The NOT gate or inverter
A single transistor can be used as a NOT gate. This is the simplest type of logic gate. Many such gates, linked together, are used in digital electronic devices like clocks, computers and counters. The gate output voltage is NOT the same as the input voltage. Fig. 45.19 shows one version of such a gate, made using a single transistor. When the input voltage value is low, there is no current into the base. The collector current is low, so the voltage across the load resistor is low. The output voltage between the transistor collector and emitter is high.
The reverse is true when a high voltage is connected to the input and a high current flows into the transistor base. This current is amplified by the transistor. The collector current is high, so the voltage across the load resistor is high. The output voltage V across the transistor is low.
Several versions of a truth table for the gate can be worked out as shown in Fig. 45.19:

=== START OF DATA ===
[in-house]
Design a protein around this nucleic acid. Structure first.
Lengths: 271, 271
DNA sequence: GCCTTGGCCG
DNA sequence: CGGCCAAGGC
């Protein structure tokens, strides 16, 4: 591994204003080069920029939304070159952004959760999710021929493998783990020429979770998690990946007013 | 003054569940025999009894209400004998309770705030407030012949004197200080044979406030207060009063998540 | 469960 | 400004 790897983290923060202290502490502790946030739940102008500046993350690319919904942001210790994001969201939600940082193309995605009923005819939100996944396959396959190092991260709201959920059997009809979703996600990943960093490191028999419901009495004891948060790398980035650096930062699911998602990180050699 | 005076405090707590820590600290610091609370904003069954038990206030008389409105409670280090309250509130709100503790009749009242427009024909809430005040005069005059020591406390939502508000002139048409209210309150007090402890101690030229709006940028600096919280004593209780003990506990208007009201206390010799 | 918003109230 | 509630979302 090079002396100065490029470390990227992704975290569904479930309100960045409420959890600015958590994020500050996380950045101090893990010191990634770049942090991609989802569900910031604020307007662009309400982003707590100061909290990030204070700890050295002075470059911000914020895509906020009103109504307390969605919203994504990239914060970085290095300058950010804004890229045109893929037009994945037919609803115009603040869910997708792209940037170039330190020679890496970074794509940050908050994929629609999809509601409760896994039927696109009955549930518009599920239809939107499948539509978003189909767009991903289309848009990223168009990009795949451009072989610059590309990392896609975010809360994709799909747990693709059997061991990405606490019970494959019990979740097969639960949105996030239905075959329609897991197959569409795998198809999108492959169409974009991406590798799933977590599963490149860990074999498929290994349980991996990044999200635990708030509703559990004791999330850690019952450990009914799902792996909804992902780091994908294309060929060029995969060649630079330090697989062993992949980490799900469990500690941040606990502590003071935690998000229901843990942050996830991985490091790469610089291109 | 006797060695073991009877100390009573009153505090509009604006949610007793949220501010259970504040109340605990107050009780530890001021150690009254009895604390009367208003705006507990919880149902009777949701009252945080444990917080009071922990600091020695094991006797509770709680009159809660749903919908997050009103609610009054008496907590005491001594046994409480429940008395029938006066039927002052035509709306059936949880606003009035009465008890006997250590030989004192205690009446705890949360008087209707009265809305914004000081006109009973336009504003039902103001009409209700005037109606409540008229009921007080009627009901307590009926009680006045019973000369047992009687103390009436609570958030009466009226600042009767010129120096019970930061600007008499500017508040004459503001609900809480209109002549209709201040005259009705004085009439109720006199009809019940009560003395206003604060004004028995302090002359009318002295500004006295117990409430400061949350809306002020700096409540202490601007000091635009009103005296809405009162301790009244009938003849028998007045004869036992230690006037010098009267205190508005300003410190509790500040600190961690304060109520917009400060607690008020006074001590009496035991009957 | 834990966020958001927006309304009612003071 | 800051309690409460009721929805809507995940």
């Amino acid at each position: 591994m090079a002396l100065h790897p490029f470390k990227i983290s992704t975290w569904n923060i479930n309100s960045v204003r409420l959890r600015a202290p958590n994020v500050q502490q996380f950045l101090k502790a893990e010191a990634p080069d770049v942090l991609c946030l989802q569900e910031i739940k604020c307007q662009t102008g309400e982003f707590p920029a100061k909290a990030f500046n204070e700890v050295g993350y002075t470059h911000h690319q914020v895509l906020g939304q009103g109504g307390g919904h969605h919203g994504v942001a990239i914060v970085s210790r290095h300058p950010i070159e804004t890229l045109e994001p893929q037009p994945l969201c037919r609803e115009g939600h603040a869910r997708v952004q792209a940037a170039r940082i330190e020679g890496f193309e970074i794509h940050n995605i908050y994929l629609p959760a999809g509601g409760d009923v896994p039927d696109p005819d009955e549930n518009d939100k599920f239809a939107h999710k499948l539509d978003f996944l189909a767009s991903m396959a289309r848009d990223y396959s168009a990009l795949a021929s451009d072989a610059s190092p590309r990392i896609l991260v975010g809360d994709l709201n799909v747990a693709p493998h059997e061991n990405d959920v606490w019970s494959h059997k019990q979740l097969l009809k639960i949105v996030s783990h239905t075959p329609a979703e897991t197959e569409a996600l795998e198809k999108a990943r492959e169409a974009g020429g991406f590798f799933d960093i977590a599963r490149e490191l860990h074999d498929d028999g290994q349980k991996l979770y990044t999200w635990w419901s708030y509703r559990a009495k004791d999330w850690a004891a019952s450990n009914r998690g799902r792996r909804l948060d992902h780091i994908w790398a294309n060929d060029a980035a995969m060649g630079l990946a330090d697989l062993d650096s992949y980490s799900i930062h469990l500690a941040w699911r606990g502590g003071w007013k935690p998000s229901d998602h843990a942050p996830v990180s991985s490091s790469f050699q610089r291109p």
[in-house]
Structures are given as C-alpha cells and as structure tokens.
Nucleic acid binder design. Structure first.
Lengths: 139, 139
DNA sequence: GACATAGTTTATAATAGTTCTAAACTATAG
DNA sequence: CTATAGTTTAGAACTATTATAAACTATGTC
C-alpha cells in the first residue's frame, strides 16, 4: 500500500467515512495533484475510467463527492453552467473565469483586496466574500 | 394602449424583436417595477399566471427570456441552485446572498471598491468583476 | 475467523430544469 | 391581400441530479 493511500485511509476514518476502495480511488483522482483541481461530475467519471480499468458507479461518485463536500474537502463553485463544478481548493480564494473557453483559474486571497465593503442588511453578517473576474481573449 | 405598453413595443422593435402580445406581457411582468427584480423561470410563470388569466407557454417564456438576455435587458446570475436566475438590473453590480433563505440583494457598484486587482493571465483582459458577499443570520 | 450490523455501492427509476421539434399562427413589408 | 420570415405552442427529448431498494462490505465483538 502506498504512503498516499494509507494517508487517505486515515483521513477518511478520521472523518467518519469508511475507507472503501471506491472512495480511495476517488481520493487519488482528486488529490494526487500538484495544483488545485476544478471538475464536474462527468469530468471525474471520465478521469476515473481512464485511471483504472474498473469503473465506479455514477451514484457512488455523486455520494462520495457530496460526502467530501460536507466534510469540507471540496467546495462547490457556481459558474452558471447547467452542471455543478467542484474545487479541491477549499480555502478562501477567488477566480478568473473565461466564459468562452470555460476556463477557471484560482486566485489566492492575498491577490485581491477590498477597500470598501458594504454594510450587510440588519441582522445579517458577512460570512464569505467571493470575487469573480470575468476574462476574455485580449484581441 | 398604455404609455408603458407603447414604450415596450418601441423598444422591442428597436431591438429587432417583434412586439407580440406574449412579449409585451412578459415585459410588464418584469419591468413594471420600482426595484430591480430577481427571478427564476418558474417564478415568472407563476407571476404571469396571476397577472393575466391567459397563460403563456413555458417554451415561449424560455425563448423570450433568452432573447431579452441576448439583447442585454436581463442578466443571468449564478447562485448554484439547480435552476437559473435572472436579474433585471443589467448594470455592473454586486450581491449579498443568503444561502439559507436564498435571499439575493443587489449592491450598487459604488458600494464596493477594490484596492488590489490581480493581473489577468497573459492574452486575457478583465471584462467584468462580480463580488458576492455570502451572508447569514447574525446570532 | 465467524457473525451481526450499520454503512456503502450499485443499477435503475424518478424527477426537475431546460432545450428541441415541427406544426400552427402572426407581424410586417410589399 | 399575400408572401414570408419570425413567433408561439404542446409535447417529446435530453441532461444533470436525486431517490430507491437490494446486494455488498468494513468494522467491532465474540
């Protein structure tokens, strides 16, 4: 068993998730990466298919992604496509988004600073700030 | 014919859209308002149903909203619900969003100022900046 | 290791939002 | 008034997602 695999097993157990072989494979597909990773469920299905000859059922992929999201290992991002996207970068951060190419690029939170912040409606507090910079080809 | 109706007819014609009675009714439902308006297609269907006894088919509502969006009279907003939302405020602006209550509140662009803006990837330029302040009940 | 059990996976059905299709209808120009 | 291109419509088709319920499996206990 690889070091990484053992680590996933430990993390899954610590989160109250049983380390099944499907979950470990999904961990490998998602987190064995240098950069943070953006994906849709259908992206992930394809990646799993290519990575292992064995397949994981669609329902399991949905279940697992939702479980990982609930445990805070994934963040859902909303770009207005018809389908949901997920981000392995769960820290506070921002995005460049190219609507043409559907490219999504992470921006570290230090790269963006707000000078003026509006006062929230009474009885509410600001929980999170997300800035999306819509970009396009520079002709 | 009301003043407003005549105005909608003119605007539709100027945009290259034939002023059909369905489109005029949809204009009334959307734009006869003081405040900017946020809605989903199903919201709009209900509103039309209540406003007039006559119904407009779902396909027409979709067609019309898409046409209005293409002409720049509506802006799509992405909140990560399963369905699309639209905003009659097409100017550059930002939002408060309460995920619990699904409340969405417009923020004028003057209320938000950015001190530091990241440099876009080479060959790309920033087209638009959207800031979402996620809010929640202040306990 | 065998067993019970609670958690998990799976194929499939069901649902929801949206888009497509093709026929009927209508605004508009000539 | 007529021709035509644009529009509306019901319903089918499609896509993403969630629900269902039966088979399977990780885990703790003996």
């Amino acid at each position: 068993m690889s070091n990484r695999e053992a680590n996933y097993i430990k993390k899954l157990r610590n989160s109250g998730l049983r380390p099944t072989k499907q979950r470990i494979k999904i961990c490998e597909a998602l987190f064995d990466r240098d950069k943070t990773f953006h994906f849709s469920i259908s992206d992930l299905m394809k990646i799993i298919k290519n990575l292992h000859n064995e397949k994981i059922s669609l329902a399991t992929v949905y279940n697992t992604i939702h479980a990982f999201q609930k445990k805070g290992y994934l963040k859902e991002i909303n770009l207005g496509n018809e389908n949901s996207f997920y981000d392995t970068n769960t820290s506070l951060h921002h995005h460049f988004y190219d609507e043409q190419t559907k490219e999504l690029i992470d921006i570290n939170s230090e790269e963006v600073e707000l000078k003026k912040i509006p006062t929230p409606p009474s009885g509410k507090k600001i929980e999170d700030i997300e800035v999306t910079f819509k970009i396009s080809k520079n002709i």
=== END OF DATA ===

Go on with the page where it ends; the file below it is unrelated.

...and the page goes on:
(a) gives actual voltage values for inputs of 0 V and 6 V, but the gate may operate at a
different supply voltage. This is the least useful version of the truth table.
(b) uses the terms ‘high’ and ‘low’, without giving actual voltage values.
(c) uses ‘I’ and ‘0’ instead of ,high’ and ‘low’. These are easier to write, and show the binary connection more clearly. The diagram also shows the logic symbol for a NOT gate. No components are shown; there are different ways of making gates, from diodes, transistors or microchips. No power supply is shown on gate symbols, but it must always be there. Only the ‘box’ to show the type of gate, and the inputs and outputs, are drawn.